Police must get better at tackling organised crime

Staffordshire Police HQ Weston Road Stafford
Staffordshire Police HQ Weston Road Stafford -Credit:SENTINEL

Staffordshire Police has been told to improve the way it tackles serious and organised crime (SOC). Inspectors say the force needs more dedicated officers for dealing with SOC, and have also raised concerns over the quality of its plans.

But His Majesty's Inspectorate of Constabulary and Fire and Rescue Services (HMICFRS) praised Staffordshire Police for its understanding of its SOC performance, such as through the use of an 'innovative' performance framework dashboard. HMICFRS gave the force an overall rating of 'requires improvement' following its inspection last summer, and senior officers say they are already working to address the concerns raised.

According to the HMICFRS report on Staffordshire Police, neighbourhood policing officers who lead the local response to SOC lack 'proactive resources' and are often pulled way into response roles, and so 'rarely have time to dedicate to tackling SOC'. And while the force has a small team of financial investigators, they are limited to carrying out reactive investigations, meaning 'opportunities to tackle criminal finance are being missed'.

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Staffordshire Police has recruited more financial investigators, and since the inspection it has said it plans to invest in additional teams.

The inspectors also called on the force to improve the quality of its '4P' plans, which set out how it will pursue criminals, prepare for crime, protect individuals and organisations, and prevent people from engaging in crime. They found that there was 'little attention to recording actions, outcomes, intervention activity or objectives', and no quality assurance in place to maintain the standard of the plans.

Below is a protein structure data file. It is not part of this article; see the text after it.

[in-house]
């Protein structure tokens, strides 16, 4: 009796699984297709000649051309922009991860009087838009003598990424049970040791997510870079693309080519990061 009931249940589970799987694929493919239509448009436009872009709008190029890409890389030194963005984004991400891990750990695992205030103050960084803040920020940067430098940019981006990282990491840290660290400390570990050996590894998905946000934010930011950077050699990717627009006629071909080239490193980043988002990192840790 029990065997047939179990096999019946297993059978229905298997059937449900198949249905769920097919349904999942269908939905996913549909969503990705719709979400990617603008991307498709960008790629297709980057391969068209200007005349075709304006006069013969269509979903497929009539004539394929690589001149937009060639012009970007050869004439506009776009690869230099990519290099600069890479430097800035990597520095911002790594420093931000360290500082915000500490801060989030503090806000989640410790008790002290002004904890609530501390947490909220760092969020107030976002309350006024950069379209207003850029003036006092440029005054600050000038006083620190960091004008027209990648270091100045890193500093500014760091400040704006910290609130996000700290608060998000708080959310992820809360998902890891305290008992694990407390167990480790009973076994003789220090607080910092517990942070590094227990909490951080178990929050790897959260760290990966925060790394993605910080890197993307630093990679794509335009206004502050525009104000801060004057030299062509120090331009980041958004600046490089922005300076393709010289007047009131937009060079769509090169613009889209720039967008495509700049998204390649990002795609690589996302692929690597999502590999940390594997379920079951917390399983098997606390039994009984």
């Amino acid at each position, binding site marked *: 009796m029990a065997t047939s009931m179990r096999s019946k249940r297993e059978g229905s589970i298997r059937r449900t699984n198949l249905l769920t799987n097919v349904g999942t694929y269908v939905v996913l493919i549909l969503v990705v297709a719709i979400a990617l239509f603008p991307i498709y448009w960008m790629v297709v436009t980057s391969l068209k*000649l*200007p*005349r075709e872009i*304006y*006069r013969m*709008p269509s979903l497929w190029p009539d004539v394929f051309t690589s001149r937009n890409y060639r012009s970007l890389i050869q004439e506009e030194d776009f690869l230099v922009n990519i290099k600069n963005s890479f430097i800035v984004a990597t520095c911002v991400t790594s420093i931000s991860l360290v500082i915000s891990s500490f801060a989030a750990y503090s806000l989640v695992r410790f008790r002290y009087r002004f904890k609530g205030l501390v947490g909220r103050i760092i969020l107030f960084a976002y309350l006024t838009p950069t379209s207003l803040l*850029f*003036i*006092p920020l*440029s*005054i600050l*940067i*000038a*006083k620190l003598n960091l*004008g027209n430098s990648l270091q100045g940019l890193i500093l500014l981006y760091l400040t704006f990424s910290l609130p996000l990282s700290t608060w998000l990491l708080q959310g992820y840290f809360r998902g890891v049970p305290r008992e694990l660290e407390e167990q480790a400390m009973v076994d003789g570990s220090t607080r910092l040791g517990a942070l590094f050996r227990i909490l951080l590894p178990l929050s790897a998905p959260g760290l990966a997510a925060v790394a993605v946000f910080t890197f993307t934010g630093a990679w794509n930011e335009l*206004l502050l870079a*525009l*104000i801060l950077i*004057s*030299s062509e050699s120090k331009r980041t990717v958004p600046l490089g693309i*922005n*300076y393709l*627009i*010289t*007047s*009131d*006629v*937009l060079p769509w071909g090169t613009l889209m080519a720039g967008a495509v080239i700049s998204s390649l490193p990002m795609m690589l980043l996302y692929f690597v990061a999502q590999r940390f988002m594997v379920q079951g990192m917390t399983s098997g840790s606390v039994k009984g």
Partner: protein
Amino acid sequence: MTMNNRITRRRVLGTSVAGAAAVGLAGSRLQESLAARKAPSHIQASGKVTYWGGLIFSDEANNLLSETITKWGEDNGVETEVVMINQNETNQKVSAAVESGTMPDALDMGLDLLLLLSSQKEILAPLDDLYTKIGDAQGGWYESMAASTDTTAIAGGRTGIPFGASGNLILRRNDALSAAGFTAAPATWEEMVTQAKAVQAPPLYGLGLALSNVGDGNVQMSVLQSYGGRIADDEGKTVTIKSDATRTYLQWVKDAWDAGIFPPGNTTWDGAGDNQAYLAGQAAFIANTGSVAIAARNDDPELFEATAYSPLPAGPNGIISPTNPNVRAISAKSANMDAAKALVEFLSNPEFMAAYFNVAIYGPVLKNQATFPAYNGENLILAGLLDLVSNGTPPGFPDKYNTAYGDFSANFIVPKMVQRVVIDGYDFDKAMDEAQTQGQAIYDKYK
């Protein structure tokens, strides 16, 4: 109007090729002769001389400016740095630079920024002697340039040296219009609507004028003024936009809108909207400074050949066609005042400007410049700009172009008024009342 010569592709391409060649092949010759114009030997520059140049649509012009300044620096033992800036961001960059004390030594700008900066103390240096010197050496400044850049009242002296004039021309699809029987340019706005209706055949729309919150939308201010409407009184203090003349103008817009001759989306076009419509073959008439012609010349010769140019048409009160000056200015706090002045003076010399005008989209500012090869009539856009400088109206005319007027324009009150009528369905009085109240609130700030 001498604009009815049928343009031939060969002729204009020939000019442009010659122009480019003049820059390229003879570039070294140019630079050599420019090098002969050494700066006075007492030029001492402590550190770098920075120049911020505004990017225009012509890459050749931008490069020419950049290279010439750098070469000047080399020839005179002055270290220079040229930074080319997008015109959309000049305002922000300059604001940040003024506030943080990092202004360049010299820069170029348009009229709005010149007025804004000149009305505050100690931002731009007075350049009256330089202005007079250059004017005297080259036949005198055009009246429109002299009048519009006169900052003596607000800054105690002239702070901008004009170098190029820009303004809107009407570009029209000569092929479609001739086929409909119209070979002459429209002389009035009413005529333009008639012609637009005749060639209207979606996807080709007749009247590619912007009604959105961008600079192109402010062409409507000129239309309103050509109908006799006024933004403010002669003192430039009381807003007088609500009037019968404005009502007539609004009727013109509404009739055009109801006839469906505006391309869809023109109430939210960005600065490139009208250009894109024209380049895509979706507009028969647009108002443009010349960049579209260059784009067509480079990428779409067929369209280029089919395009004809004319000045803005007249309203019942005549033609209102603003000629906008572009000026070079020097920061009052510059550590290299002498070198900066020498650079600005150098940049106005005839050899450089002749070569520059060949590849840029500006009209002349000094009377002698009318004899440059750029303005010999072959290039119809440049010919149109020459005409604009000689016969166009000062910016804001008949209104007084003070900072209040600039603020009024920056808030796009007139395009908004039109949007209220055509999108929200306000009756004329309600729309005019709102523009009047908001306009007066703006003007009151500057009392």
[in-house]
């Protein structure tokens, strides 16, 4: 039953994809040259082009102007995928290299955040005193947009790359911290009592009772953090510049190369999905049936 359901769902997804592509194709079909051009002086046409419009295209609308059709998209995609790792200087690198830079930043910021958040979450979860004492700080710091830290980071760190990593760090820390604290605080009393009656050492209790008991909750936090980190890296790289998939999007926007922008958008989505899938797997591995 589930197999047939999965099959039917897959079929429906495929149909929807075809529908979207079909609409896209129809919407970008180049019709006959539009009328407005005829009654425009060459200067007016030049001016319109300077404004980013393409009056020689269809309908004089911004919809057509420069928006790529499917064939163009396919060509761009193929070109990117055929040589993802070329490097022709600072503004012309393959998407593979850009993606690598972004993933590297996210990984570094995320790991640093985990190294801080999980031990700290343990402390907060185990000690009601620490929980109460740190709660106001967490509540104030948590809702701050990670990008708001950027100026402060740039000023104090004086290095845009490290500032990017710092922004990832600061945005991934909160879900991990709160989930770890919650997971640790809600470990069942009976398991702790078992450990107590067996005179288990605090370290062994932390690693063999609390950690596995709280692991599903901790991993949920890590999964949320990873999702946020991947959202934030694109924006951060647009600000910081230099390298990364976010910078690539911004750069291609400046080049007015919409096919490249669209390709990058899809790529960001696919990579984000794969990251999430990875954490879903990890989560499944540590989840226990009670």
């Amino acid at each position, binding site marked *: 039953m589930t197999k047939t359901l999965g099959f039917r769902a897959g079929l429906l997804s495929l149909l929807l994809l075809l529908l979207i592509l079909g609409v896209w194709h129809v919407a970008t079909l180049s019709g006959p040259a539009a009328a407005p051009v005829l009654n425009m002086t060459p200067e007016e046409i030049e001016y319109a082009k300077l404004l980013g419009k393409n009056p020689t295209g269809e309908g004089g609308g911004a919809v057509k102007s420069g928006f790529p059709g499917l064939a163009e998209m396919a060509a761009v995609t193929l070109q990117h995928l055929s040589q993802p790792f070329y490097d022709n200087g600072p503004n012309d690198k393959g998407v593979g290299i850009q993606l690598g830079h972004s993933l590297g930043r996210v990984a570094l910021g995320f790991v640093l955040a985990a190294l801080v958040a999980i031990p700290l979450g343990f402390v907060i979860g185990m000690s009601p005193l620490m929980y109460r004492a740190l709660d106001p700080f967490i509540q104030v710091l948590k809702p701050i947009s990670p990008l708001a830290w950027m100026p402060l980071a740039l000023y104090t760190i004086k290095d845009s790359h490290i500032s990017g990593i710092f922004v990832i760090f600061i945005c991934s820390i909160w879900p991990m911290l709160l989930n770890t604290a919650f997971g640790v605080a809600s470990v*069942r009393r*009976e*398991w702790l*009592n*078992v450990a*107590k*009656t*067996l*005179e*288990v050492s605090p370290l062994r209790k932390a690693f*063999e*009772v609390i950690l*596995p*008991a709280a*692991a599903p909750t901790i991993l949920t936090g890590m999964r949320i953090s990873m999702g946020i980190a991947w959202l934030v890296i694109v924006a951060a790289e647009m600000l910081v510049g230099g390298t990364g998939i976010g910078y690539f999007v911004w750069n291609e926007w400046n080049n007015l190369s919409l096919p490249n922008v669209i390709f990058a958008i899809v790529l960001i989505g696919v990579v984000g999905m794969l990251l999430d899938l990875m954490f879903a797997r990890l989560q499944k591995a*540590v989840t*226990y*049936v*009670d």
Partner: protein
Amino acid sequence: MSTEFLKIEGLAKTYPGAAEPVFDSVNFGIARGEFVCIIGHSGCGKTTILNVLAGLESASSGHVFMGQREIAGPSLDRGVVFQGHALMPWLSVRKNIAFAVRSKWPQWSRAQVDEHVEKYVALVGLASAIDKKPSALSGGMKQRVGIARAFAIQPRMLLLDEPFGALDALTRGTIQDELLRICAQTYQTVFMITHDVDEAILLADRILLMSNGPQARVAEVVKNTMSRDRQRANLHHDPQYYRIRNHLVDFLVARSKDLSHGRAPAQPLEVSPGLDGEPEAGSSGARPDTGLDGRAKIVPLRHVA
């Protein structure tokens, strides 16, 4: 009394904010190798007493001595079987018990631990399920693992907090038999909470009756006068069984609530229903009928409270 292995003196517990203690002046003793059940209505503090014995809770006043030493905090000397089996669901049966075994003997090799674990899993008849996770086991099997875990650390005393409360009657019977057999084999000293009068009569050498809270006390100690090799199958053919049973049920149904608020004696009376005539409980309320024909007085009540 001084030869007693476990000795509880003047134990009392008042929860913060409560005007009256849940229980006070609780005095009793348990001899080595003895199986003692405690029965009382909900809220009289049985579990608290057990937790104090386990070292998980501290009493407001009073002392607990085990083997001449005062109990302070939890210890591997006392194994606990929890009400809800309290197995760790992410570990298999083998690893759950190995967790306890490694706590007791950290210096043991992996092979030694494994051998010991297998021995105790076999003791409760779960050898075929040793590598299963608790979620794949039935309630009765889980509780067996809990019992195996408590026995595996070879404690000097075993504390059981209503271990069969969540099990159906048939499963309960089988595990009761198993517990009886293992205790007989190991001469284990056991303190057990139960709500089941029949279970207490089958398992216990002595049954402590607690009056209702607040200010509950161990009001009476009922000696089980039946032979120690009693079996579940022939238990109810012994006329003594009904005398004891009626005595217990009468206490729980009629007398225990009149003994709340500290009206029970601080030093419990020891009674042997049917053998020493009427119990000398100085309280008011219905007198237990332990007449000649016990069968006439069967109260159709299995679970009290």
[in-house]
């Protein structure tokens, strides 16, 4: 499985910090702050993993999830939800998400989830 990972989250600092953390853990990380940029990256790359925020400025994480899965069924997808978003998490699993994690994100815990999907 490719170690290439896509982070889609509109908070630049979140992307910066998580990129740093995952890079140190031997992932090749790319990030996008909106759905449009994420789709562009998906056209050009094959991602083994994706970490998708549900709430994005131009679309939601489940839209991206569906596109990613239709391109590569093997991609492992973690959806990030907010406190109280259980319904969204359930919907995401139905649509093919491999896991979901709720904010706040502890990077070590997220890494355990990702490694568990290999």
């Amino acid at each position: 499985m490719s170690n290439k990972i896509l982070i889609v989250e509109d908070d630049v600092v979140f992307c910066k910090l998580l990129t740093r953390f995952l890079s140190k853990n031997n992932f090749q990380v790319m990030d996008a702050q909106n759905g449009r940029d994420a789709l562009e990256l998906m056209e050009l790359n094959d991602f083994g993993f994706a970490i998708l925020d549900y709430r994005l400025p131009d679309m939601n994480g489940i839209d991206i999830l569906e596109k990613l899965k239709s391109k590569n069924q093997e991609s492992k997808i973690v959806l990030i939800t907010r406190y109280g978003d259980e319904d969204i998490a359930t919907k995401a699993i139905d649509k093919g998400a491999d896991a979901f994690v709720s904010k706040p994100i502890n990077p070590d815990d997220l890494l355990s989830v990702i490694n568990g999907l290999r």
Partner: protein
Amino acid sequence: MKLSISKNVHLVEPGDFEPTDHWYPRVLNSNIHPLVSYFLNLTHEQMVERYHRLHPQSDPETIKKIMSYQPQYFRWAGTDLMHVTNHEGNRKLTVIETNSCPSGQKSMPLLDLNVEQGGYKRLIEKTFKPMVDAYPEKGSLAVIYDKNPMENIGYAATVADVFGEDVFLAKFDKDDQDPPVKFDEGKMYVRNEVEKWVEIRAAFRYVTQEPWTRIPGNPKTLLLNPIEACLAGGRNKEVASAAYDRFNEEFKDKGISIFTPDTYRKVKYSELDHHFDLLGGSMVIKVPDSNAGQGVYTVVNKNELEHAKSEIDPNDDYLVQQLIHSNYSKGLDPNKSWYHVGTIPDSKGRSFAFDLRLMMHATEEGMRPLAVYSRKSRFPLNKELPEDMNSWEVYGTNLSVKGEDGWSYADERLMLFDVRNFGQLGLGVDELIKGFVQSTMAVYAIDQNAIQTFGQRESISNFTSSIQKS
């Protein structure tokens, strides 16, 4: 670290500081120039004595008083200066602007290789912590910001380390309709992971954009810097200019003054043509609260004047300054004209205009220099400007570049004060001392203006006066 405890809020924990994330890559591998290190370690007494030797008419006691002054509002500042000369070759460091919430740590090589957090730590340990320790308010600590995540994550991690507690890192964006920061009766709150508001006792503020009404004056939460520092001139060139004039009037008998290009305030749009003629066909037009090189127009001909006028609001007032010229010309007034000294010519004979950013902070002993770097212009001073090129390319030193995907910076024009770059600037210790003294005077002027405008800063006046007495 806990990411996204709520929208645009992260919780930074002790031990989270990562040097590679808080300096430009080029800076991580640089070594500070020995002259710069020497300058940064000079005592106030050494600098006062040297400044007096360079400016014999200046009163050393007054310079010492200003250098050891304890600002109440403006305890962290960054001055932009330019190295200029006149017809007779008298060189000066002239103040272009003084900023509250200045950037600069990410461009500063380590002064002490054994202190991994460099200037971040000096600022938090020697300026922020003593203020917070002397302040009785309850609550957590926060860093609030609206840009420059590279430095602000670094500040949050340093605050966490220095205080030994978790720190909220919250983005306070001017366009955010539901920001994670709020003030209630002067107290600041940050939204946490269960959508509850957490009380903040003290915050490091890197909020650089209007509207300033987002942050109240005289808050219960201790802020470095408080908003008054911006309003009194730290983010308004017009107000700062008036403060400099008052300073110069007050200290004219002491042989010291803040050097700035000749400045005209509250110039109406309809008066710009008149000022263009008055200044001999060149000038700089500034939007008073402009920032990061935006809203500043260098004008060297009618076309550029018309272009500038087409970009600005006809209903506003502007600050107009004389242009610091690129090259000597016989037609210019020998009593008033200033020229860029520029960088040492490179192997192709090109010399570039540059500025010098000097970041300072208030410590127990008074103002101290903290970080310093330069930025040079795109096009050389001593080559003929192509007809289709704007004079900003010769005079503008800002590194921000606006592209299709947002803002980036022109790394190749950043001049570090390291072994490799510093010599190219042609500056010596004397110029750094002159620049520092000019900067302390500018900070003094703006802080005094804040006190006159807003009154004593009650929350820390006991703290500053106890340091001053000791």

But the inspectors said that Staffordshire Police was 'focused on understanding its serious and organised crime performance'. They were impressed by the contents of the force's performance framework dashboard, which includes data on different types of SOC, as well as regularly updated performance statistics showing areas for improvement.

The force says there were 'no surprises' in the report, and that it has made 'significant progress' since the inspection. This has included the creation of 'dedicated specialist resource' for tackling SOC. The force says its proactive teams made over 250 arrests, recovered six firearms and closed 19 county lines last year.

Improvements have also been made to the force's policing plans, and in how information is shared with partners.

Assistant Chief Constable Becky Riggs, said: "The inspection has identified we have some clear gaps around our ability to effectively tackle SOC, but it also recognises we understand this and have plans in place and underway to address some of these issues.

"They also acknowledged our clear aspiration to improve our work in this area through a measured approach and that we know our operating model needs to be a sustainable one. We are working on this, some remedial work has been done since the inspection and plans for the longer term work is ongoing. We are committed to reducing the harm caused by serious and organised crime and protecting those vulnerable to this threat."